This statement raises questions about the applicability of your policy, especially because such a pre-emptive removal of a news story on such grounds—and the additional scrutiny you have applied—appears to be an unusual intervention that is not universally applied to all content.

I ask that you immediately answer these questions and provide the requisite justifications so that your users can feel confident that you are not seeking to influence the outcome of the presidential election with your content removal decisions.

Politicians should not be able to demand any private company explain their editorial decision making process, especially under the threat of legislation. It's an obvious intimidation tactic, and raises significant 1st Amendment questions.

Finally, Hawley sent an even more ridiculous letter to the Federal Election Commission, claiming that these moderation decisions violate campaign finance law. This is wrong on many, many, many levels. But first I'll note, in passing, that Republicans like Senator Hawley have made sure that the FEC doesn't even have enough members to meet, because the Republican Senate has refused to confirm them.

As for Hawley's claims about campaign finance, they are also hot garbage:

This conduct does not merely censor the core political speech of ordinary Americans, though it certainly does that. Twitter’s and Facebook’s conduct also appears to constitute a clear violation of federal campaign-finance law. Federal law prohibits any corporation from making a contribution to a federal candidate for office. 52 U.S.C. § 30118(a). Twitter and Facebook are both corporations. A “contribution” includes “anything of value . . . for the purpose of influencing any election for Federal office.” 52 U.S.C. § 30101(8)(A)(i). Twitter’s and Facebook’s active suppression of public speech about the New York Post article appears to constitute contributions under federal law. There can be no serious doubt that the Biden campaign derives extraordinary value from depriving voters access to information that, if true, would link the former Vice President to corrupt Ukrainian oligarchs. And this censorship manifestly will influence the presidential election.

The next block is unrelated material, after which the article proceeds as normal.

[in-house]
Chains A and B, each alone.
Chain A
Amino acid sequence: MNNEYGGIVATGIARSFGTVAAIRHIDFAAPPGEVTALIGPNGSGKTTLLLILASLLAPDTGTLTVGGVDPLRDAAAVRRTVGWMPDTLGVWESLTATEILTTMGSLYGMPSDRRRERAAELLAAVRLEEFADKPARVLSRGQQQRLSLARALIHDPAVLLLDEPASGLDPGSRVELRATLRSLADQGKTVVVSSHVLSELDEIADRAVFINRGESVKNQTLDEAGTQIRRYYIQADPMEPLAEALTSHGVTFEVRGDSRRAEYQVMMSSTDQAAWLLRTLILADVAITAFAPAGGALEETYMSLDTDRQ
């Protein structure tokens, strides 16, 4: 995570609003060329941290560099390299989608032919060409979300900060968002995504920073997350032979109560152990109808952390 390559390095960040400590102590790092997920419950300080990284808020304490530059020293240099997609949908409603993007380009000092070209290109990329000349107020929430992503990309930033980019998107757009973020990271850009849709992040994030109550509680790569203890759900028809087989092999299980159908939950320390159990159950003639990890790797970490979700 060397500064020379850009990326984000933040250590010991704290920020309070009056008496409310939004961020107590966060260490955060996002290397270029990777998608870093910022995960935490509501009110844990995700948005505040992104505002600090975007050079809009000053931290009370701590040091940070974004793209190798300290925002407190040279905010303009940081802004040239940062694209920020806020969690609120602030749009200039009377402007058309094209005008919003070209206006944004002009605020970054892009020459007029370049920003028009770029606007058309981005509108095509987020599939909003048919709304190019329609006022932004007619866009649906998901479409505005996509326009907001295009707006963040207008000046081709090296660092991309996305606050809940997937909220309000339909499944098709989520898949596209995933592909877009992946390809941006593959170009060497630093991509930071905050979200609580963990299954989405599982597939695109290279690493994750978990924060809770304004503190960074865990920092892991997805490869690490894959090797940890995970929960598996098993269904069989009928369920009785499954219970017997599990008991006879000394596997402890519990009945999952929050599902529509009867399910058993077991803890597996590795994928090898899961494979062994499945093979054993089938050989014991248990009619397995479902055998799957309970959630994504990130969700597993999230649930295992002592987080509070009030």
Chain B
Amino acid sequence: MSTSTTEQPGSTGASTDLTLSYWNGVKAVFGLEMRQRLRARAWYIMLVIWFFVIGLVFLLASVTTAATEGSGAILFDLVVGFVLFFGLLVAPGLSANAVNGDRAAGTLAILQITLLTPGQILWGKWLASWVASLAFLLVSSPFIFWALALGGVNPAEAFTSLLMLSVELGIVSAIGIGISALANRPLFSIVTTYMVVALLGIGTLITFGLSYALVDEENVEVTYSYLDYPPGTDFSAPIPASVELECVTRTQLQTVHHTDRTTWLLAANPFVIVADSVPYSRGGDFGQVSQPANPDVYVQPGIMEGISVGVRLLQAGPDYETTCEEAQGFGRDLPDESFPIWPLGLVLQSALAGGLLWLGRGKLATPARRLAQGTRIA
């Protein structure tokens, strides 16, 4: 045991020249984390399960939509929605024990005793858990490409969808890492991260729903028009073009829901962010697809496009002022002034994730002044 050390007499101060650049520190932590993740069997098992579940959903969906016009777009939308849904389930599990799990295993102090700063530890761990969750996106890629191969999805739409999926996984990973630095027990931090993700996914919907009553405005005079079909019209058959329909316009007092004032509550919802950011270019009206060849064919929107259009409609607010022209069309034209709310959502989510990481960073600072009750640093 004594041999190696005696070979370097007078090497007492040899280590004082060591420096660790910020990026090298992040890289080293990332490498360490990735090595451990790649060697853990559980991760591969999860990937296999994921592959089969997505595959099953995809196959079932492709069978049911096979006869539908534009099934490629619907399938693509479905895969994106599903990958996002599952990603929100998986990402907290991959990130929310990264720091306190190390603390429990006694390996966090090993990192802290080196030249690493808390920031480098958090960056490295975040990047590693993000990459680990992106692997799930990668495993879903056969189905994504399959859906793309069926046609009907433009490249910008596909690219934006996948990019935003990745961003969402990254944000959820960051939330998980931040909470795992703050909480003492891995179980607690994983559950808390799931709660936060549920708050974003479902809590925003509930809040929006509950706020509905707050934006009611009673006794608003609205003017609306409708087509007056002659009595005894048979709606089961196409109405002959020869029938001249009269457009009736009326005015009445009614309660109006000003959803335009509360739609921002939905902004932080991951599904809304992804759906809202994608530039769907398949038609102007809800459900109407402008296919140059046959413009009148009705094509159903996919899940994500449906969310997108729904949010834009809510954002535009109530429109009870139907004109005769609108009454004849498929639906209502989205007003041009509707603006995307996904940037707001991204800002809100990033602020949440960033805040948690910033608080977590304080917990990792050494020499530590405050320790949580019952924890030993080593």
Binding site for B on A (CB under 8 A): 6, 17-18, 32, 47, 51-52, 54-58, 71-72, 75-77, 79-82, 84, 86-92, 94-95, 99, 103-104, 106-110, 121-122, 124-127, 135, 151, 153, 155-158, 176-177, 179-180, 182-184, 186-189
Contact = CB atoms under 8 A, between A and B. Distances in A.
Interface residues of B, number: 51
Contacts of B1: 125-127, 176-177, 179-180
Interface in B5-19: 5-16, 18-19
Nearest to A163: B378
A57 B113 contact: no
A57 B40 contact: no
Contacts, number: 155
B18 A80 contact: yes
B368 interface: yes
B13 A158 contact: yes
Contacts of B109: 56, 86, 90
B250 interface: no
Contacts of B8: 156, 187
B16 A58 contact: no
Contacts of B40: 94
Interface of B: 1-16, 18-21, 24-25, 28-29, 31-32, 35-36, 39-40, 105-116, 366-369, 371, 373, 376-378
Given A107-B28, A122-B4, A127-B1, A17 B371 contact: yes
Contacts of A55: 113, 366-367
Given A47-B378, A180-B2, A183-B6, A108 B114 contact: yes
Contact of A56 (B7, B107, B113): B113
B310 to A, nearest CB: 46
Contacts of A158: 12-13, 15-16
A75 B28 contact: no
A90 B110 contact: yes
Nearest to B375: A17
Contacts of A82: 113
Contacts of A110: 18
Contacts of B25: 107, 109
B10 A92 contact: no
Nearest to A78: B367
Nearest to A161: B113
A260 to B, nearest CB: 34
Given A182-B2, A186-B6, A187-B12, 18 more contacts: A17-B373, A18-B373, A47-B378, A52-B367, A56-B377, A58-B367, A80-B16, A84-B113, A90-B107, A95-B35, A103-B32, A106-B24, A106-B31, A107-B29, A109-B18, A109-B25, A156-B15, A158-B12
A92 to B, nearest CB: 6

This is ridiculous. Again, if true, then Fox News, Breitbart, and the NY Post all "violate federal campaign finance law." Hell, under this interpretation, the NY Post "violated campaign finance law" by running this article. So would any newspaper that ran an endorsement. Or any newspaper that (quite reasonably) refused to run this sketchy garbage story from Rudy Giuliani in the first place. This is not how any of this works. And Hawley doesn't want it to work that way either because it would destroy the media companies that prop up his own nonsense.

All that said, I still think that Twitter's decision to block the sharing of the link was hamfisted. Coming just after I praised the company for focusing on friction, rather than suppression, this move seemed more about suppression. And, of course, it was not effective. Lots of people started coming up with ways to get around the block, and at least one account tweeted out every sentence of the article as individual tweets. The Senate Republicans' Twitter account tweeted out a video of the article. And "Streisand Effect" trended on Twitter as Trump supporters noted that the block would likely only serve to draw more attention to the original story.

But it also did something worse. It played right into the bullshit narrative that Twitter is engaging in "anti-conservative bias" in its moderation practices. And it becomes a perfect (if inaccurate) talking point for Republicans like Josh Hawley and Donald Trump whose entire schtick is playing the victim. It also takes away attention from just how sketchy the original story was, and changes the focus to questions about social media companies and their moderation practices. That's not the story here and it shouldn't be. But these decisions made it so.

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Filed Under: content moderation, disinformation, misinformation
Companies: facebook, ny post, twitter


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  • icon
    Thad (profile), 15 Oct 2020 @ 9:19am

    NY Post released a story that[...]'s hot garbage

    But you repeat yourself.

    reply to this | link to this | view in chronology ]

  • icon
    That One Guy (profile), 15 Oct 2020 @ 9:24am

    'You looked at me funny, anti-conservative bias!'